Skip to end of metadata
Go to start of metadata

Synergetic databases and applications require adequate security configuration through multiple layers of the environment. The objective of this document is to provide guidelines to hardening a Microsoft SQL server.

Whilst all care has been taken in preparing this guide, Education Horizons Group does not warrant that the contents of this guide (i.e. information, recommendations, opinions or conclusions contained in this guide (“Information”)) is accurate, reliable, complete or current. The Information does not purport to contain all matters relevant to the usage of Synergetic software. The Information has been prepared on the basis of circumstances and technology current as at the date of the report and care should be taken by the School to determine if circumstances have changed in a manner which would affect the Information. To the extent permissible by law, Education Horizons Group shall not be liable for any errors, omissions, defects or misrepresentations in the Information or for any loss or damage suffered by persons who use or rely on such Information (including by reasons of negligence, negligent misstatement or otherwise). If any law prohibits the exclusion of such liability, Synergetic limits its liability to the re-supply of the Information, provided that such limitation is permitted by law and is fair and reasonable.

The recommendations herein provided are based on the Center for Internet Security (CIS) hardening guides and benchmarks for SQL server 2016 or above running on Windows Server 2016 or above. Each recommendation should be considered with reference to the specific environment requirements. Changes may result in applications not functioning as expected, particularly where there configuration differs from the base products.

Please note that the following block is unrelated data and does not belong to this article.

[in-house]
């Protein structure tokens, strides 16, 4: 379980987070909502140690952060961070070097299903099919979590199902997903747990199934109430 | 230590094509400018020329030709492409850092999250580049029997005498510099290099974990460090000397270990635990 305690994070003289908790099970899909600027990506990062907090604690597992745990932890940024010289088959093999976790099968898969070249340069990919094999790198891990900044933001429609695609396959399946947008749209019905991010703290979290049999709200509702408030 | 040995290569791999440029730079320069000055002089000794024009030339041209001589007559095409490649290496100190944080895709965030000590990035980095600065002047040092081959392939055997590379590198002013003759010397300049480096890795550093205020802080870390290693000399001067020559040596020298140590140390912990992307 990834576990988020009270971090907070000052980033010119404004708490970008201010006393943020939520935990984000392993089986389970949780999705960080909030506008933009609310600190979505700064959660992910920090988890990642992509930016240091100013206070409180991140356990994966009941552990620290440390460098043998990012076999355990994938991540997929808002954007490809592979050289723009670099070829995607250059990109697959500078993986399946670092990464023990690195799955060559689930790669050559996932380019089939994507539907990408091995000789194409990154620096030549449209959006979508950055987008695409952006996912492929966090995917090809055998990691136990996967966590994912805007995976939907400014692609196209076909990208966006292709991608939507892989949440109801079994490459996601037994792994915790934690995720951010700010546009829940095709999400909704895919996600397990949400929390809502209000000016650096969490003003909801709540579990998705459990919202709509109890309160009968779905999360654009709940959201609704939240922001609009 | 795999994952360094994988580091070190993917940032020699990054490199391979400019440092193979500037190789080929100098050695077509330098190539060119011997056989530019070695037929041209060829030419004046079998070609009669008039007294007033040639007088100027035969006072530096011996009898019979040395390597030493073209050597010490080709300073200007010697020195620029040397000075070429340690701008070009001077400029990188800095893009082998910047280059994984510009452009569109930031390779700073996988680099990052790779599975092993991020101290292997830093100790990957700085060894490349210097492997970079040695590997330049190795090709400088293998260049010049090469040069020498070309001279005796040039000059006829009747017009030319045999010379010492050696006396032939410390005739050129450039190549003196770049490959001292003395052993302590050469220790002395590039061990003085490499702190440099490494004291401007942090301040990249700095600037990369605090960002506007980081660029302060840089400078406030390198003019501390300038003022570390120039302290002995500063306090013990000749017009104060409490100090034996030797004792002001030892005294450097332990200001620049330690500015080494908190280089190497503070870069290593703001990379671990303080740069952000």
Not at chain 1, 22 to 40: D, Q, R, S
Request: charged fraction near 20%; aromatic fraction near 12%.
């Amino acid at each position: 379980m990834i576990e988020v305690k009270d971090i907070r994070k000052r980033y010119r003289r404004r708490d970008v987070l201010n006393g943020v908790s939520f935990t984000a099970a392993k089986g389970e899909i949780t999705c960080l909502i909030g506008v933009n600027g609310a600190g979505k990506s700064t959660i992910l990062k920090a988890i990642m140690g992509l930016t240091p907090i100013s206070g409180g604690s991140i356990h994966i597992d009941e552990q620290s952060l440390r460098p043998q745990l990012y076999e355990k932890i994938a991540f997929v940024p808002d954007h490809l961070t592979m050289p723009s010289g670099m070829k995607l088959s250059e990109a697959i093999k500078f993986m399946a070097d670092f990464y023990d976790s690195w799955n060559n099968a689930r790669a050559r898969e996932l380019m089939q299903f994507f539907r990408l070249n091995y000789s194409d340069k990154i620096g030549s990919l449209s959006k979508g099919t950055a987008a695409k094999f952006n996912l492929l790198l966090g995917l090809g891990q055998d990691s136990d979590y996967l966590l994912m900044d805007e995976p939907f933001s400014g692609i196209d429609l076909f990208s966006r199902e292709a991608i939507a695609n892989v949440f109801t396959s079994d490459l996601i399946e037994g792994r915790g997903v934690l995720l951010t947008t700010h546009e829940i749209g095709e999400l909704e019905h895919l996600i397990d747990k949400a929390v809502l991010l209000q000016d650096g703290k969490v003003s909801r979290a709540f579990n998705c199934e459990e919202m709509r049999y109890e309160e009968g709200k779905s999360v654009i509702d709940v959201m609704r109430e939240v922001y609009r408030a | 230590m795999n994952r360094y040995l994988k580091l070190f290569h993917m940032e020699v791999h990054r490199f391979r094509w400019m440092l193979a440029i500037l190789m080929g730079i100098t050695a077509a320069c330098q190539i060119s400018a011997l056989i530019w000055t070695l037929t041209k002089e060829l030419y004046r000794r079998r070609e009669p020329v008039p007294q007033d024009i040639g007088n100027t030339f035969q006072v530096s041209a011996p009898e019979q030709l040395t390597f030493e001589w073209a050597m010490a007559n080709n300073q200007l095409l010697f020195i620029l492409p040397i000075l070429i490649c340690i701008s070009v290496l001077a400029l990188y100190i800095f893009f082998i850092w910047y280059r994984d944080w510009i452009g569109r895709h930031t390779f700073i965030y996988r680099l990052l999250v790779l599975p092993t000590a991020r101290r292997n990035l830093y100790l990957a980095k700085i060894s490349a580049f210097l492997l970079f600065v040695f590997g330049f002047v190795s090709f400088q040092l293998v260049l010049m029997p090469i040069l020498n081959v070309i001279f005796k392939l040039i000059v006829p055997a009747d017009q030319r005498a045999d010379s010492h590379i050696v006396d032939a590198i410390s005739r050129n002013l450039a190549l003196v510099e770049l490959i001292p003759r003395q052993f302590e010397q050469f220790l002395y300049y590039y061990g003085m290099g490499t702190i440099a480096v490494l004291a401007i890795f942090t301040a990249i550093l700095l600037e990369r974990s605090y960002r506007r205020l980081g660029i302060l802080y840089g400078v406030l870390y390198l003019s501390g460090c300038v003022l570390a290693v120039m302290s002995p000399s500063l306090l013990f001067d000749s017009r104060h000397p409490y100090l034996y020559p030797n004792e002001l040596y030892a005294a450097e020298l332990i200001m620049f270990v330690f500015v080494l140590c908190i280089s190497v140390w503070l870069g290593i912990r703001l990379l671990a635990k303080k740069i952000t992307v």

A server level backup as well as a backup of the individual configuration files should be taken prior to making any changes. 

The server will need to be rebooted after the changes have been made

All commands supplied are to be run in an elevated command shell or elevated PowerShell as required or SQL Server management studio, connected as a priviledged user.

Installation, updates and patches

Ensure Latest SQL Server Service Packs and Hotfixes are Installed

SQL Server patches contain program updates that fix security and product functionality issues found in the software. These patches can be installed with a hotfix which is a single patch, a cumulative update which is a small group of patches or a service pack which is a large collection of patches.

Audit

SELECT SERVERPROPERTY('ProductLevel') as SP_installed,
SERVERPROPERTY('ProductVersion') as Version;

Remmediation

Identify the current version and patch level of your SQL Server instances and ensure they contain the latest security fixes. Make sure to test these fixes in your test environments before updating production instances. The most recent SQL Server patches can be found at:

Ensure Single-Function Member Servers are Used

It is recommended that SQL Server software be installed on a dedicated server. This architectural consideration affords security flexibility in that the database server can be placed on a separate subnet allowing access only from particular hosts and over particular protocols.

Audit

Ensure that no other roles are enabled for the underlying operating system and that no excess tooling is installed.

Remmediation

Uninstall excess tooling and/or remove unnecessary roles from the underlying operating system.